Andrew McCutchen E60

When I was a kid I always wondered who liked the Pittsburgh Pirates, besides my dad. True, I grew up in Chicago, but even there you could find people who would say, “You know, I always kind of liked…” followed by a random team. Not so with the Pirates. They seemed to exist to frustrate whatever poor soul put his faith in them. Today, with Andrew McCutchen on the team, it’s a different story. He’s not only a National League All-Star, but he seems to be a really good person who can teach us something about hard work, loyalty and family values.

For those not familiar with McCutchen, he grew up in a Florida trailer park. His parents had him at 17 years old. His dad worked in a phosphate mine and his mom worked at a grocery store. And when those two loving parents did the best they could to raise their son with good values, the seeds for success they planted in his head began to blossom:

“We used to get up 4:00 a.m., 5:00 a.m., hit balls, and he just decided he wanted to do that. He wanted to be great,” (Lorenzo McCutchen).

Lorenzo McCutchen

And great he became. In fact, he’s so good at the sport that the Pirates signed him to a six-year, $51.5 million contract extension last season. But the thing is, the playoff-bound Pirates really couldn’t afford what the market could deliver “Cutch,” and yet he stayed in Pittsburgh. He turned down millions to stay with the team that offered him his first big break.

“This is the team that drafted me. I owe them signing this contract. Why would I waste it on going: ‘Maybe I can get $31 million if I had a good year.’ Then I would be contradicting myself and going: ‘Are you doing it for the money or are you doing it because you love the game?’ I want to do it because I love the game,” (Andrew McCutchen, E:60 interview).

“He feels like he was predestined to be there […] He wants to make a difference in Pittsburgh. I think that it’s important that you play where your heart is, and I think his heart is in Pittsburgh,” (Lorenzo McCutchen)

When I was a kid, I’d watch sports stars leave cities over contract disputes and wonder why anyone would uproot their family over a few million dollars when they’re already financially set for life. I never begrudged them for doing so, but I always told myself that if I was put in a similar situation I’d rather stay in the city I love than to exit on bad terms because of money. Andrew McCutchen is living proof that loyalty while living a good life will be rewarded — Pittsburgh fans love the guy.

Want a sure-fire recipe for success? Look at the McCutchens:

  • Be a good father.
  • Teach your kids that they can decide to be successful — and then instill in them the importance of hard work.
  • Follow your heart.
  • Know that money is nice, but that it doesn’t bring those who possess it true happiness.
  • Be loyal to those who love you and treat you right.
  • Give back to your community.

Did I forget to mention that Andrew McCutchen mentors inner-city youth baseball players and at-risk children? Well, he does. At this point in time, it’s really hard to find many faults with a guy who bats .318, gets his team in the playoffs, and works to leave a positive lasting mark on the city that brought him to the big leagues. Even his response to a question about the World Series is golden: “I never really followed the World Series very much. […] I’d much rather play in it … and make my own memories.”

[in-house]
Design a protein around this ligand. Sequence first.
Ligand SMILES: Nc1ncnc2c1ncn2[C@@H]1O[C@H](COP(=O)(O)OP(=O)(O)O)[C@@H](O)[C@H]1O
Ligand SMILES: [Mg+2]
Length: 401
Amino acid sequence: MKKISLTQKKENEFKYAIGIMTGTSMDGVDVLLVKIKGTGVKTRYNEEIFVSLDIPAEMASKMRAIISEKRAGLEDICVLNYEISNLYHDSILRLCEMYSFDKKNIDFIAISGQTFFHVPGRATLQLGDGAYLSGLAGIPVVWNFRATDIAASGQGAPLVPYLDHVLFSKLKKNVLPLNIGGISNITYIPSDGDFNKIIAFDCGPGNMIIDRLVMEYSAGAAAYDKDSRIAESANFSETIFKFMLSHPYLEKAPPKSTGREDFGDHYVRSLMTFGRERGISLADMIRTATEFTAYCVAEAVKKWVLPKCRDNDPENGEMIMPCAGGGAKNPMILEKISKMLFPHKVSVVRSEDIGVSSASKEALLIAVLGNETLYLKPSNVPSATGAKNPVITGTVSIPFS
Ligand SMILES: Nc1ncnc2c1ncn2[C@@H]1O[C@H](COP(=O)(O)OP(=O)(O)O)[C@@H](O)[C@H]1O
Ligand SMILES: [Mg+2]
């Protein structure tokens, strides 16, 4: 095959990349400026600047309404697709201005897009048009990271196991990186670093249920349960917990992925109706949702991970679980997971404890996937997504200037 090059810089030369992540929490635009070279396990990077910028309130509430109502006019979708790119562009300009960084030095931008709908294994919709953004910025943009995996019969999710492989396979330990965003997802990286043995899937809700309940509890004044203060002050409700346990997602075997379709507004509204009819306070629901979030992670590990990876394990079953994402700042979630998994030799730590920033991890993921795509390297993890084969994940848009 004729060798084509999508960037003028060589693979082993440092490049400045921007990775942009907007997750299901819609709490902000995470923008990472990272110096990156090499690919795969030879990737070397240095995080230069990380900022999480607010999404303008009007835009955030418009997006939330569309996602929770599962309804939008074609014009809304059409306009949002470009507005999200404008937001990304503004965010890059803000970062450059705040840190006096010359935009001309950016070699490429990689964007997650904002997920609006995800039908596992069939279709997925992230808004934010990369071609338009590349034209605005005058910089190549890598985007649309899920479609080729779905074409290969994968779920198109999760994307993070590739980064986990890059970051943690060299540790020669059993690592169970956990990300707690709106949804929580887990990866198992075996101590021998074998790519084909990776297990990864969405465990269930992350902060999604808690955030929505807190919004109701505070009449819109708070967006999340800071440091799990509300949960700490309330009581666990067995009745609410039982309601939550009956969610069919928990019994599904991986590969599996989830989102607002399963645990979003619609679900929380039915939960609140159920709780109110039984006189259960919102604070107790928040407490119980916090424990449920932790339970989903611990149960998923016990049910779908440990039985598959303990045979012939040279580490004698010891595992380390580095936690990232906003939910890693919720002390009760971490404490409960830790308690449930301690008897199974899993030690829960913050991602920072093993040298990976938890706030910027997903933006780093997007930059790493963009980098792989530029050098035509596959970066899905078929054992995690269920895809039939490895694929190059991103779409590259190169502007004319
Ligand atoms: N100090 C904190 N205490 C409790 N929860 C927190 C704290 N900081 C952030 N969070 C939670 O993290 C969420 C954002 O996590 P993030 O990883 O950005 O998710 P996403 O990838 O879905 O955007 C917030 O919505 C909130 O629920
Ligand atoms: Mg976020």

When you dig deep down and focus on who you are and who you want to be, the distractions of the external world melt away. When you believe in yourself and then put in the hard work, the world becomes less stressful. When you surround yourself with positive people, “impossible” tasks suddenly become possible. These are not just lessons for Pittsburgh Pirates fans — they are lessons for us all — and for imparting those lessons I would like to thank Mr. McCutchen.

Hat Tip: Denver Pat

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About the Author Douglas Ernst

I'm a former Army guy who believes success comes through hard work, honesty, optimism, and perseverance. I believe seeing yourself as a victim creates a self-fulfilling prophecy. I believe in God. I'm a USC Trojan with an MA in Political Science from American University.

2 comments

  1. Thanks for the hat tip! Lorenzo himself is a great story as he really made an effort to change his life at a young age for the betterment of his family. Having been blessed with a great Dad myself, I enjoy these stories. It is an awesome family story too, his grandmother still runs a store in the town, his mom (who is apparently a well practiced church choir singer, and has done the national anthem at pirate games) made sure the family kept their roots in the church, and you documented the story of his father. These are just simply good, hard working people, and it’s nice to see a decent family “win” , for lack of a better term. Andrew himself says he stays successful because he surrounds himself with good people, and he has a radar for that from his upbringing.

    The baseball fan in me is happy to finally read something about a player that doesn’t involve PED’s or something else obnoxious. The Pirates clinched a wildcard spot, and with my teams out, I will be pulling for them this year. I wasn’t able to see the Pirates when they came to town due to my schedule this year, but I hope to catch them on their next visit to Coor’s field, I’ll be cheering for McCuthchen; I’m glad you found his story inspiring like I did!

    1. This was definitely the kind of story I’m into. Thanks for sharing. I sort of got away from baseball after the whole steroid scandal. You think about all the teams that won … those close games … and then the guys who corked their own body, and it just makes you shake your head. I’m slowly getting back into the sport, and it’s guys like McCutchen who make that process possible.

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